The team later maneuvered the 18-curve track at speeds of more than 80 miles per hour, enduring forces up to five times as much as normal gravity to overtake Germany and claim bronze.

NASCAR roots

Locally, Garde has worked with several NASCAR greats, designing front-end suspensions for Dale Earnhardt Jr., Joe Gibbs and Roush Fenway. But building Jeff Gordon’s Jurassic Park-themed “T-Rex” car, which won the Winston Cup at Charlotte Motor Speedway in 1997, stands out as a career highlight.

“The Olympics were absolutely amazing, and it would be very hard to compare, but that car changed NASCAR,” said Garde, a Connecticut native who’s lived in Concord with his wife and three kids since 1989.

Garde designed the car with Rex Stump, a lead engineer at Hendrick Motorsports. Several of the car’s innovative modifications went on to become the norm for NASCAR teams.

Garde played an integral role in designing and building the car, putting in more hours than anyone else on the team, said Stump.

“It really comes as no surprise that Cheech has made such a big impact on bobsledding,” said Stump. “There is very little that Cheech has been involved with that didn’t succeed. I suspect his designs will make their mark on bobsledding, just like he has made his mark on NASCAR.”

Stump, who praised Garde’s work ethic and his ability to motivate people, said he became a better engineer after working with Garde.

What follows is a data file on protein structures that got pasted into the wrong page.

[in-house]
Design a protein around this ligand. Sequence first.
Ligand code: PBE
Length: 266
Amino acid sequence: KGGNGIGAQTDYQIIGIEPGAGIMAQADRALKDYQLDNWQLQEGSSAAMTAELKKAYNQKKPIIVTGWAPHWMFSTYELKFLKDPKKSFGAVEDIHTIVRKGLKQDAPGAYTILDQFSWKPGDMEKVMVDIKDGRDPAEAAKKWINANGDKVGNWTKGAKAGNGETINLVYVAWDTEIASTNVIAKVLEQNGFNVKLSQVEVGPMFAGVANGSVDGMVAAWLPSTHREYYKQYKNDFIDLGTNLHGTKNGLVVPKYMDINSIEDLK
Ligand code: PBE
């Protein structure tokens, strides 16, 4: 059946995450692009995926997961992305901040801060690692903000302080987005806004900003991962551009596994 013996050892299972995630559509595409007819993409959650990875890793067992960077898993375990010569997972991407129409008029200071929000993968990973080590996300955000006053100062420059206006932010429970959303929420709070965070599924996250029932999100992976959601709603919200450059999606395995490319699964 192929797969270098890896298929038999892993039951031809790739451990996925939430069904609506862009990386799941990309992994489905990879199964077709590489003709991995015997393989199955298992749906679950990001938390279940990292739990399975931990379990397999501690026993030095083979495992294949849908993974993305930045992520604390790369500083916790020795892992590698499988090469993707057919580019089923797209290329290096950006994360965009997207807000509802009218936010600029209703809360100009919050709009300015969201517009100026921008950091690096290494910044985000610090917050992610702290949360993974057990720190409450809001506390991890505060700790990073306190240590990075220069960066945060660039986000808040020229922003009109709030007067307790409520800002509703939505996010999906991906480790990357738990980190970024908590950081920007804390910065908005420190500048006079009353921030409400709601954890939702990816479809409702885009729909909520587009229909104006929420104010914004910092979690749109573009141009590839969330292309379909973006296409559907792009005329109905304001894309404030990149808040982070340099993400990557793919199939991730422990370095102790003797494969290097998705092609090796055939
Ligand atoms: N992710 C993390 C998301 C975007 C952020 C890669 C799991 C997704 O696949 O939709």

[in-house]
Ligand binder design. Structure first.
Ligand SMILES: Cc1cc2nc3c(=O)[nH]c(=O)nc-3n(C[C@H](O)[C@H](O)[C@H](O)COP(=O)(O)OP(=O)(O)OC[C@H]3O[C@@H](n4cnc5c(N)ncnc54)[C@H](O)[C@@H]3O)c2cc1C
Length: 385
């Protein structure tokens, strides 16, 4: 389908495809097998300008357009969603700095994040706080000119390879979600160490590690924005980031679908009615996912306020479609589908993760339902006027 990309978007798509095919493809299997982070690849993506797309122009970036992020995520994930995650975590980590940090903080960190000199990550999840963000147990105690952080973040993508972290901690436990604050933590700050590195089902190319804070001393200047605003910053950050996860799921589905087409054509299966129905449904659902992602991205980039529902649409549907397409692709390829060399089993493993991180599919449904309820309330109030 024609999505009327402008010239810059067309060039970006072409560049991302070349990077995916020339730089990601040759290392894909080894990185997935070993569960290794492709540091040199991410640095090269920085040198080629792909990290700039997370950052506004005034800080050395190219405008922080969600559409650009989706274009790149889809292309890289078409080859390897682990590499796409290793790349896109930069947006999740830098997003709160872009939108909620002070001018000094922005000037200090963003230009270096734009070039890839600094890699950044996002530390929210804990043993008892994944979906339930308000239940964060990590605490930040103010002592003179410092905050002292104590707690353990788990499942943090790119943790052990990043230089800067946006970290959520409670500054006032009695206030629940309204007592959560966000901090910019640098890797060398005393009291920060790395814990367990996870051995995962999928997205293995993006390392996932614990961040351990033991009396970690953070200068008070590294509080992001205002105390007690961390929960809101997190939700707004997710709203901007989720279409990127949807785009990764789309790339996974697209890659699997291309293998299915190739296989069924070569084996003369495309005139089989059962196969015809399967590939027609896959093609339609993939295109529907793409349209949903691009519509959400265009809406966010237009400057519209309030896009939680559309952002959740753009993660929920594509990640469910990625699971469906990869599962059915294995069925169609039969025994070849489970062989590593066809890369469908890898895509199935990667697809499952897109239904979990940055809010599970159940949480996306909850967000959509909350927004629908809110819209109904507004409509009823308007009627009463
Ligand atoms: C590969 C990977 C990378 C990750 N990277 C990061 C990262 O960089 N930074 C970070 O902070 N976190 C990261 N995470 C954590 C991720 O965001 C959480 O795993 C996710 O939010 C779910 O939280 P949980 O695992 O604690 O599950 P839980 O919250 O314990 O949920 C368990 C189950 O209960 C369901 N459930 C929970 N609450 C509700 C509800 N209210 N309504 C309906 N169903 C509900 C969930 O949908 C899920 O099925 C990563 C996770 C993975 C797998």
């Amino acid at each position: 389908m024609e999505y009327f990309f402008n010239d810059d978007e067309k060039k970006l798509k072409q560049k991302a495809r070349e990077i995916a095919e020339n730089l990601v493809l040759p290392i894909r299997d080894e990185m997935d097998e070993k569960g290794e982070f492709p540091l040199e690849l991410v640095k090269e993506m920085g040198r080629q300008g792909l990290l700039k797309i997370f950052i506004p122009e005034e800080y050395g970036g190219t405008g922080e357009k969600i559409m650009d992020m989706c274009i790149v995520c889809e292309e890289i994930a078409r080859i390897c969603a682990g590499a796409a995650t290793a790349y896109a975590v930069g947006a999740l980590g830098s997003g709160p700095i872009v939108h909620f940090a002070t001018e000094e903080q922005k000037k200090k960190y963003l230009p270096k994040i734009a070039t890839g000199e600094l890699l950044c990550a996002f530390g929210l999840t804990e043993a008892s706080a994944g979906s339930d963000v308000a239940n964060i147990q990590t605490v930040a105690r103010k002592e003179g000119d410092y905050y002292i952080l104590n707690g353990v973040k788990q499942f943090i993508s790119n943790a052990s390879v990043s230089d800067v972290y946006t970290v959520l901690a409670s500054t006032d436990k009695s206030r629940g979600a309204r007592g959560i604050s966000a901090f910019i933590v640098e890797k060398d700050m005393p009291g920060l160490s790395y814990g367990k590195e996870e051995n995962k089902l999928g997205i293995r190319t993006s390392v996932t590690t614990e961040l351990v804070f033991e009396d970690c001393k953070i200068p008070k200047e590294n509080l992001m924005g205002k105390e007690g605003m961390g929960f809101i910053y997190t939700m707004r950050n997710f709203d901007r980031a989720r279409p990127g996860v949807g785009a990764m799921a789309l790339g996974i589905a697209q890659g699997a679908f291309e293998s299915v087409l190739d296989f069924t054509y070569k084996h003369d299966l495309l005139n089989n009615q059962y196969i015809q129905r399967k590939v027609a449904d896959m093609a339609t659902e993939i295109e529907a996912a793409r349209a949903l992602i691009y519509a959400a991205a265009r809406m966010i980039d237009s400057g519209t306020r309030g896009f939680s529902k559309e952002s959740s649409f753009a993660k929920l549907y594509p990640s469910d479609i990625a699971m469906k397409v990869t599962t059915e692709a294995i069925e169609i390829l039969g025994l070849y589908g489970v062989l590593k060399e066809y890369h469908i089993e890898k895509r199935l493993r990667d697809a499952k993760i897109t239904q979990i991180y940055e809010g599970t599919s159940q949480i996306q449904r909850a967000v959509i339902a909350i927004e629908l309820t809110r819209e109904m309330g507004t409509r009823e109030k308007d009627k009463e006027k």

“It is very hard to pick one thing that makes Cheech so impressive,” said Stump. “He blends creativity and practicality better than anyone I’ve ever worked with.”

A golden effort

Garde observed the Olympic runs from the starting area at the top of the course. Using feedback from Holcomb, he would tweak the sled to gain whatever competitive edge he could.

The Russian team, which won the gold medal, took roughly 250 practice runs down the track, said Garde. All other teams had fewer than half that many.

“Each run lasts less than a minute,” said Garde. “Of that, pilots are only in control of the sled for about 10 seconds. If you’re watching a long turn, you’ll see it wiggles, and it’s a constant battle of losing and finding pressure. The turns can slam the less experienced pilots around, but experienced pilots are very in tune to the tracks.”

The Sochi track was technical, with lower speeds, less pressure and three uphill slants, said Garde. The team had just two runs per day to perfect the line of the sled.

“The beauty of project stems from working with Holcolmb and his 16 years of experience,” said Garde. “The track was quite a bit different than when the team tested the track in the fall before the Olympics, which made it harder for other countries.”

The four-man bobsled race was one of the last events of the Olympics. After the team won bronze, the four men had to rush to the awards ceremony, then to the closing ceremony. On the way, they ran into Garde, hung their medals around his neck and took a quick photo.

The gesture brought Garde to tears.

“He’s been so dedicated and worked so hard, putting everything he has into this project,” said Holcomb, who considers Garde an Olympian in his own right. “His heart was in it just as much as ours was, and it was just great to see him, shake his hand and recognize all his hard work. It was just a fantastic moment.”

Read more here: http://www.charlotteobserver.com/news/local/community/cabarrus/article9102443.html#.UxsmuHeYZpO#storylink=cpy